This article originally appeared in the July/August 2021 issue of Northern Gardener.
“I know that my mom had a hand in all of this,” says new MSHS member Amy Trossen. “Some of my earliest memories are in the garden.”
Amy grew up on a 3-acre property in Brooklyn Park, along with her nine brothers and sisters. Her dad was a plumber and her mom stayed at home raising the large family. “We spent our summers running around the garden, weeding and picking this and eating that,” says Amy. Each sibling was given their own little garden to work with, which provided early lessons in how to grow. “I learned a lot from what didn’t work and was inspired by what did,” says Amy.
With a family and a career in information technology, Amy began hiring others to take care of her lawn and landscaping. “I just didn’t have the time with the all the travel,” she says. When she retired about five years ago, she was ready to return to gardening. “I had a brief plan to move to the Cayman Islands—a place I visit several times a year—but my children wanted me closer to home,” she says.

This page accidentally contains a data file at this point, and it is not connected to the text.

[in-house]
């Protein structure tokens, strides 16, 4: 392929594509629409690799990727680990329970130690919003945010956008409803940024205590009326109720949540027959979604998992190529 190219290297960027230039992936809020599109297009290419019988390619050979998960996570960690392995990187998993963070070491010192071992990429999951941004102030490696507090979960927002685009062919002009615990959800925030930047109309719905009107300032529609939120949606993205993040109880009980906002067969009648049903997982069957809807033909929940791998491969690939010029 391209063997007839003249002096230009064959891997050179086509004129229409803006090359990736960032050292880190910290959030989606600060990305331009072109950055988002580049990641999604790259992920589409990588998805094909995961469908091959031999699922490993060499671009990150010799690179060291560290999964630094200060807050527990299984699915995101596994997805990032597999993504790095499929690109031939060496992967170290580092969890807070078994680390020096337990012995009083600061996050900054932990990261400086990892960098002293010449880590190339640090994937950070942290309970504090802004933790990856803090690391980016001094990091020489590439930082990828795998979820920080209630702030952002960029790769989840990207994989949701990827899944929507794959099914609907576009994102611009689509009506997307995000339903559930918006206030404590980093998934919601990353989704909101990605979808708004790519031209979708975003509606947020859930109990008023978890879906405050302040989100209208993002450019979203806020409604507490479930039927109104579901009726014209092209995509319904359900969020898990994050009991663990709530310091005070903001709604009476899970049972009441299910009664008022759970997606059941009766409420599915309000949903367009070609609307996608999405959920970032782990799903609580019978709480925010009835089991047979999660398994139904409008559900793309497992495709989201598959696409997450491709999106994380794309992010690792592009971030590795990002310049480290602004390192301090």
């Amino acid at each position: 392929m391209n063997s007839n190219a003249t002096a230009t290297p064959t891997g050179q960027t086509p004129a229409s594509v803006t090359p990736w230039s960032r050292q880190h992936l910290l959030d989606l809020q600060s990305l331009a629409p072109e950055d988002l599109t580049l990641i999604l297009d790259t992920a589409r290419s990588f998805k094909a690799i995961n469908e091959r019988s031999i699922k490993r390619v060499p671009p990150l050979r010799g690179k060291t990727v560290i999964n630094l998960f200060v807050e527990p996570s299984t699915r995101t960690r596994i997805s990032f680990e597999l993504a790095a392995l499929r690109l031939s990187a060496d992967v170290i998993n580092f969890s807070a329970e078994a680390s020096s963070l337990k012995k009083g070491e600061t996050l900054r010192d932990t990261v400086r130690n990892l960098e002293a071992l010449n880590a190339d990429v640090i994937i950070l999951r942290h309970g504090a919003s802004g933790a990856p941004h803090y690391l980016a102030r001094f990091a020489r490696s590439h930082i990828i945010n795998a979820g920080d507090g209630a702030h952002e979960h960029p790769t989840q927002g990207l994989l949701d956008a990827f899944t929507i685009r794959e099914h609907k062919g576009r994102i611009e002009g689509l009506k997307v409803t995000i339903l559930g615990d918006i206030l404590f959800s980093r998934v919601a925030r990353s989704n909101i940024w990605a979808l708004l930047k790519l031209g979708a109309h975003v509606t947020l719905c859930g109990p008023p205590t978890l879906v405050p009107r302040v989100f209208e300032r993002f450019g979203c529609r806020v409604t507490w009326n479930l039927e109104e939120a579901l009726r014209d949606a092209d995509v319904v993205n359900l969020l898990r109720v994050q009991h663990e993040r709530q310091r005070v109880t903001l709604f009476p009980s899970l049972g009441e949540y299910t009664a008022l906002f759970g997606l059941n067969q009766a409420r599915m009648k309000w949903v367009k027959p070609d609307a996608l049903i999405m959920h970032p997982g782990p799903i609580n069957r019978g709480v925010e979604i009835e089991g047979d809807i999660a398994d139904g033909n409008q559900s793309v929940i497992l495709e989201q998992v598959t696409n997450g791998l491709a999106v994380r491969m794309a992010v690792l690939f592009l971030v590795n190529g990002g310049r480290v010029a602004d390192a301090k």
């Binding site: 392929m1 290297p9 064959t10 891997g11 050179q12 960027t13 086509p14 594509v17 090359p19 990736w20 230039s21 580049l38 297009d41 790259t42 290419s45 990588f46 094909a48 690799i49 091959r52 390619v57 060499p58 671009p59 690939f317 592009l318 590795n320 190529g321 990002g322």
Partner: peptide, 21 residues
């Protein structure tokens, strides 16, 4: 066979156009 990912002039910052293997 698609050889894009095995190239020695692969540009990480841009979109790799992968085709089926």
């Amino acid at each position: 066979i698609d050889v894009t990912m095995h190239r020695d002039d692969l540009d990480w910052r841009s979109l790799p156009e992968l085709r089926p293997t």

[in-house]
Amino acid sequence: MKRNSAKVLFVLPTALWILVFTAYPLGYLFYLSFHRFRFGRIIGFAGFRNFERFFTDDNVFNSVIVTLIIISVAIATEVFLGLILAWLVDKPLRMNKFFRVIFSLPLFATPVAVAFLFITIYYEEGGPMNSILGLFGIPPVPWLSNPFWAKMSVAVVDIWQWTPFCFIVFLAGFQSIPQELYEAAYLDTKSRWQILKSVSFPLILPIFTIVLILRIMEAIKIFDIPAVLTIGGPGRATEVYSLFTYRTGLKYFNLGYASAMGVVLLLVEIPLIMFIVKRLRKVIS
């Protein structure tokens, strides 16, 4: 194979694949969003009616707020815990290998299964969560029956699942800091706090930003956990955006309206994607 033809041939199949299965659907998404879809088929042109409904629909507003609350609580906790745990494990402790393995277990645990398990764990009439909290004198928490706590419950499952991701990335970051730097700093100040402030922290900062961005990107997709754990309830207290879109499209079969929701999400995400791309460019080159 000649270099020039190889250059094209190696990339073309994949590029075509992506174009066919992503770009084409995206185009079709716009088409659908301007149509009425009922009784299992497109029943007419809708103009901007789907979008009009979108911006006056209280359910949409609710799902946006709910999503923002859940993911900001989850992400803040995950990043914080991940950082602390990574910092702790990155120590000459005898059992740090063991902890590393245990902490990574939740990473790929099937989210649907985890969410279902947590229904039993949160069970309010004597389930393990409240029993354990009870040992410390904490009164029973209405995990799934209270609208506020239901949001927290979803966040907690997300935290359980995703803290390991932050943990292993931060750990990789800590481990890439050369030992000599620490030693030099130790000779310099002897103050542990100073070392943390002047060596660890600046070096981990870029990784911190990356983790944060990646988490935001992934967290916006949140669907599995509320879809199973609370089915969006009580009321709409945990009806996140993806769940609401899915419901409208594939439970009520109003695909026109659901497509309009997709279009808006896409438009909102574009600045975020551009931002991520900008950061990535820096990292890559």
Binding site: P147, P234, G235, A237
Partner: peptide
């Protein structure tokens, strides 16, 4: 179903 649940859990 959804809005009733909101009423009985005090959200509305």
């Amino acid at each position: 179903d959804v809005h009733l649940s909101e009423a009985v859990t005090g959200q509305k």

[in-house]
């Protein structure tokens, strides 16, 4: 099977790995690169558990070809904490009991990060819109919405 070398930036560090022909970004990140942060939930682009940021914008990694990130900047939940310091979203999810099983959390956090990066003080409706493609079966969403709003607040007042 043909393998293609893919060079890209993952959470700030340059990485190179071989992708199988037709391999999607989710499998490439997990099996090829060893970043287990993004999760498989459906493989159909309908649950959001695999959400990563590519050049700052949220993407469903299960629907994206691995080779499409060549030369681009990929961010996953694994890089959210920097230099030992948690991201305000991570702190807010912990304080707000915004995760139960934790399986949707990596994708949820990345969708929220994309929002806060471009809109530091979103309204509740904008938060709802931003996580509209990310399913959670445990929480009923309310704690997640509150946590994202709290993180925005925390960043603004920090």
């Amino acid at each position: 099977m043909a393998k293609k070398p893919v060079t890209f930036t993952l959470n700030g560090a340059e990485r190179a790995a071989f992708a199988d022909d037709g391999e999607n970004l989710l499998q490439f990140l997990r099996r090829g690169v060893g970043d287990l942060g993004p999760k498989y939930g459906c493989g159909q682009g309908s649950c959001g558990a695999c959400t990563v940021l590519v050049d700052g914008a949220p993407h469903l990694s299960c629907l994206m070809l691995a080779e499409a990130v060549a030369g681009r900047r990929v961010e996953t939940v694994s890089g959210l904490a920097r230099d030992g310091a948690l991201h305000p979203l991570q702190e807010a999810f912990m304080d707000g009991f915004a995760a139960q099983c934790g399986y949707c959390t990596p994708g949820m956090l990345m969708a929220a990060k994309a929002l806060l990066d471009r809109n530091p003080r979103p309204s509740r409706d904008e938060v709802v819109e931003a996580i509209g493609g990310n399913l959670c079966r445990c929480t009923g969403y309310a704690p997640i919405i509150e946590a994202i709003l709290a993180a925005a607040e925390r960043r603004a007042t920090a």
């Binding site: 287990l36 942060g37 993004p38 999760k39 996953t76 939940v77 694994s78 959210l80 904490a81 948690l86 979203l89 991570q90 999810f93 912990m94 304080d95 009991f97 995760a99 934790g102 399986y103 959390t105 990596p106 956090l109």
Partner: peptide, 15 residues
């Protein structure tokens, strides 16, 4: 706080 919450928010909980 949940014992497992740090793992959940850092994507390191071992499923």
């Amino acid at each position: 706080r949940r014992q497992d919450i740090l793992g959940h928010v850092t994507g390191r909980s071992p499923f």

Amy was looking for a new home and found an ad for a small, 1918 farmhouse in Plymouth. The gardens were beautiful but had been neglected. “There were peonies, blueberry bushes, squash, asparagus and the remnants of a tree farm with weeds as tall corn stalks, and I just fell in love with it,” Amy says. The property has just the right amount of sun and trees for her to express her passion for gardening which she shares with her two children and her 4- and 2-year old grandsons, Levi and Jedidiah. “I’m teaching them how to pick blueberries and it’s such a joy!” she says.
Amy joined MSHS during April, when a buy-one-get-one membership deal was on offer. Through the gift option, her daughter became a member, too. “I’m helping my daughter put in her gardens at her home in Burnsville for her family and my grandchildren to enjoy, so it seemed like a good time to join,” says member Amy. Amy’s son, Sean, is also gardening and has a 20-acre hobby farm in Buffalo where he has chickens and goats. “That’s gardening on a whole other level,” says Amy.
As for Amy’s nine siblings, all but one have gardens of their own. “We have a tradition of doing walk-abouts in the garden,” she says, “It’s so much fun to see what’s coming up, what’s ready to be harvested. In the end, it’s all about sharing the joy my mom instilled in all of us when we were young.”